Sunday, May 26, 2013

Pelee Scenes

With a change in scenery needed, I went for some birding at Point Pelee today.  Besides, there was a nice Hudsonian Godwit at Hillman that needed to be seen.  Not often I see one in the spring.  I arrived sometime around 07:15 and the hudwit was actively feeding not far from the blind.  I attempted a photo, but it was just too far away.

As I drove into Pelee, Blackpoll Warblers were singing along the way.  I walked the short part of Woodland Trail then to the road and there was quite a bit of activity.  It lessened the farther south I went though.  Lots of vireos and several species of warblers were singing.

One Mourning Warbler was beside the trail, but my camera did not want to co-operate for this one.  (or was it the operator?).

At the Tip a few gulls were loafing and a couple of decent-sized flocks of Dunlin came in.  A Northern Mockingbird was lurking at the Tip as well that was somewhat camera shy.  There was mention of a Clay-colored Sparrow, but I did not find it.

I did a bit of birding with Mike Nelson and we discussed recent birds.  Seems like Rondeau has been better of late! lol. (not the first one to indicate that).

My next walk was De Laurier.  Near the end of the trail I saw a Yellow-billed Cuckoo and an then a Common Nighthawk in the sky caught my eye.

I walked down Anders and it was apparent that three nighthawks were flying around.  I attempted some photos.  Actually these were the first of the year for me.  Often I seem more in migration in September than in the spring.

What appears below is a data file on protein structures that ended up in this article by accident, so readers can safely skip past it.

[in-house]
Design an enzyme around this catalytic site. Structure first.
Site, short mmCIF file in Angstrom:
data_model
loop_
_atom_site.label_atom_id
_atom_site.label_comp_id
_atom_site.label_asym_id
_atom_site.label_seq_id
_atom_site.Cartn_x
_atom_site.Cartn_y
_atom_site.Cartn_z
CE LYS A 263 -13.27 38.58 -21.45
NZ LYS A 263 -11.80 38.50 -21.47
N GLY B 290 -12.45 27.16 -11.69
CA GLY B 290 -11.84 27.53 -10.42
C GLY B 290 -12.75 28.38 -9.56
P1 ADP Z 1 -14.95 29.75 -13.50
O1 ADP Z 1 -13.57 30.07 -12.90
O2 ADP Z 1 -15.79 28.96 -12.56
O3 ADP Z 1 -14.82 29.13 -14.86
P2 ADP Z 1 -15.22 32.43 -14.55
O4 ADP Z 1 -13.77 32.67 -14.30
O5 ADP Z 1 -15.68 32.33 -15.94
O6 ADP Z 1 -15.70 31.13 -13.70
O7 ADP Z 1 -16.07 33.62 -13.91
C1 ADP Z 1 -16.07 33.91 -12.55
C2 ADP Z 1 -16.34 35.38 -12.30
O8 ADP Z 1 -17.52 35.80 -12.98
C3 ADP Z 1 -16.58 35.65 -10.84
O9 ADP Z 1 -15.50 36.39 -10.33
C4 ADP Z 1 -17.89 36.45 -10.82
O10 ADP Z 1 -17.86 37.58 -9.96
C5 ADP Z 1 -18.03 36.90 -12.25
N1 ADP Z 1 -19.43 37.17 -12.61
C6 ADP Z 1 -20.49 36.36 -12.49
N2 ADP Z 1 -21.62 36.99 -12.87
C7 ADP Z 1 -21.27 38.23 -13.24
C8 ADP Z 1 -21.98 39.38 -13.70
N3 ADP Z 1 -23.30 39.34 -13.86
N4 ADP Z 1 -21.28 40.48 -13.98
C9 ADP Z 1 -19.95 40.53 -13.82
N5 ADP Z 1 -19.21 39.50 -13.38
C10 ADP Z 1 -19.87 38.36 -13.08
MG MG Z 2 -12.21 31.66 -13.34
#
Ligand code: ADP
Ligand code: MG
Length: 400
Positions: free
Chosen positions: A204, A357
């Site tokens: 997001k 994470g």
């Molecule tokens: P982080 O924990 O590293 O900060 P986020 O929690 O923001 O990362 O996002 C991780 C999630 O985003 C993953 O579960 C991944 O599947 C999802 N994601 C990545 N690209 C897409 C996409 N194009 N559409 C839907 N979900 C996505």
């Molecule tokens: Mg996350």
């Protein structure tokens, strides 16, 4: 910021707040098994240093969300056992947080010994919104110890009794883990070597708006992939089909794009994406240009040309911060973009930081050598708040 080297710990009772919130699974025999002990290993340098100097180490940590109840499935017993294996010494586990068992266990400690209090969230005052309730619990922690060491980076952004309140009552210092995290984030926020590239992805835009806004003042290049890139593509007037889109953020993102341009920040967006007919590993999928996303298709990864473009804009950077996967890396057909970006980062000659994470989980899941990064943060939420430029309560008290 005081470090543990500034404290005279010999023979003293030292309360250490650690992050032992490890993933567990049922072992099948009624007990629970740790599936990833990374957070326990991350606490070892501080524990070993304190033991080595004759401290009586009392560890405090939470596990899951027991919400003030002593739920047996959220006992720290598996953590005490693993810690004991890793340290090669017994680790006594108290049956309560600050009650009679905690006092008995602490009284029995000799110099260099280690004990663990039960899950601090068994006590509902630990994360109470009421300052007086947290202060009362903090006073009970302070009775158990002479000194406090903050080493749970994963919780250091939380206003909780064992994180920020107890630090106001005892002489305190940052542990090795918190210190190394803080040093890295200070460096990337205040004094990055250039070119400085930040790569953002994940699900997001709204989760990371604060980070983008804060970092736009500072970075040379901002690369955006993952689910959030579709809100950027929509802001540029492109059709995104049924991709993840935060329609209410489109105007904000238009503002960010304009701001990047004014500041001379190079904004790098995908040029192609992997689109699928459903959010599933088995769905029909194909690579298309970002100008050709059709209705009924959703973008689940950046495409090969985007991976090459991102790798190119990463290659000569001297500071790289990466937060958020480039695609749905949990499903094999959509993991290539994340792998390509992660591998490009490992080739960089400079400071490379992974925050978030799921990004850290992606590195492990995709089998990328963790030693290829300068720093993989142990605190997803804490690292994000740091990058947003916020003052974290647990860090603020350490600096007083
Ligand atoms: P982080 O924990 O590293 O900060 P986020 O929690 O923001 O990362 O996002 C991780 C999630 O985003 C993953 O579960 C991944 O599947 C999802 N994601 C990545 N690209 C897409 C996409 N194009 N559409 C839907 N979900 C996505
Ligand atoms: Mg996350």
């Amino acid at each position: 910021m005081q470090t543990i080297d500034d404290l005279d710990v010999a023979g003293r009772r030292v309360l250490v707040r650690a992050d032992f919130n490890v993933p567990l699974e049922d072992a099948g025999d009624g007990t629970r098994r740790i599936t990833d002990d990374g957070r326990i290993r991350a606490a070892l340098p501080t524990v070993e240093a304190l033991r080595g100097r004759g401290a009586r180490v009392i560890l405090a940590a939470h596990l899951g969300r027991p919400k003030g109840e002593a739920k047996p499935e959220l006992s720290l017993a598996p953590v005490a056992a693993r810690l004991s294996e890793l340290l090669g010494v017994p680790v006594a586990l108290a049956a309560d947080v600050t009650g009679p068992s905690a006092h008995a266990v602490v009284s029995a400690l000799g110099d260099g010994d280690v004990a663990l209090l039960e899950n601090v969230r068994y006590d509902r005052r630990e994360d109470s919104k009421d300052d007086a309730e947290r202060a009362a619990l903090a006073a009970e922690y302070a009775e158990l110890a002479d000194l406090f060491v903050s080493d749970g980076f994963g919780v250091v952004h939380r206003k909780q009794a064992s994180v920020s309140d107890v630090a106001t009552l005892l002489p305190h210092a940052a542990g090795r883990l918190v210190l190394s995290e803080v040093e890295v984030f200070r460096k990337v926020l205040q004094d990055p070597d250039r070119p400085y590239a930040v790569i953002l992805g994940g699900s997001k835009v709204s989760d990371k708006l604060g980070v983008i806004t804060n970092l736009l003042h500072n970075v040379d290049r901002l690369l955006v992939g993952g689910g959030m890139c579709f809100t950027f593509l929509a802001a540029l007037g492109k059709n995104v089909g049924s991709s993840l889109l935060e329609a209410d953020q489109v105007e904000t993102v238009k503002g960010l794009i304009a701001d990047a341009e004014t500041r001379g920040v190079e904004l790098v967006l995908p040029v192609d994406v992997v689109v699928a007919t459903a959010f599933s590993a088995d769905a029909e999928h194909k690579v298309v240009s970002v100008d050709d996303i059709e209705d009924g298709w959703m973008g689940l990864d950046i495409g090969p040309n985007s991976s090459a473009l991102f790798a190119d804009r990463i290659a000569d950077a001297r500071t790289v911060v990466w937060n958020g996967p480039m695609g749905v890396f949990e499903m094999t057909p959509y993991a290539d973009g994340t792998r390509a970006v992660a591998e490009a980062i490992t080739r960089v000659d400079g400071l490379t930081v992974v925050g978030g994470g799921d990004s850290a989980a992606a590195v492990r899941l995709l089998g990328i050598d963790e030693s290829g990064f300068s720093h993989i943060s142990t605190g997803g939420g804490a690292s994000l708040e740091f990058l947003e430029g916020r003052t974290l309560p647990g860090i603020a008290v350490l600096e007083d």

My first of year American Lady butterflies were along Anders.

Also I saw the first couple of spicebush swallowtails whilst driving along the road.
As well, I saw a Carolina Saddlebags dragonfly at the De Laurier homestead.

On the way home I again stopped at Hillman and walked all the way around the shorebird cell.  The only butterflies were two Orange Sulphurs!
The Hudsonian was still in place and at one point a Wilson's Phalarope was right beside it.

By this time, about 600+ Black-bellied Plover was resting in the cell along with about a dozen Ruddy Turnstones.  The only different shorebird was a Short-billed Dowitcher.

Lots of toitles were basking in the sun at Hillman including Blandings.

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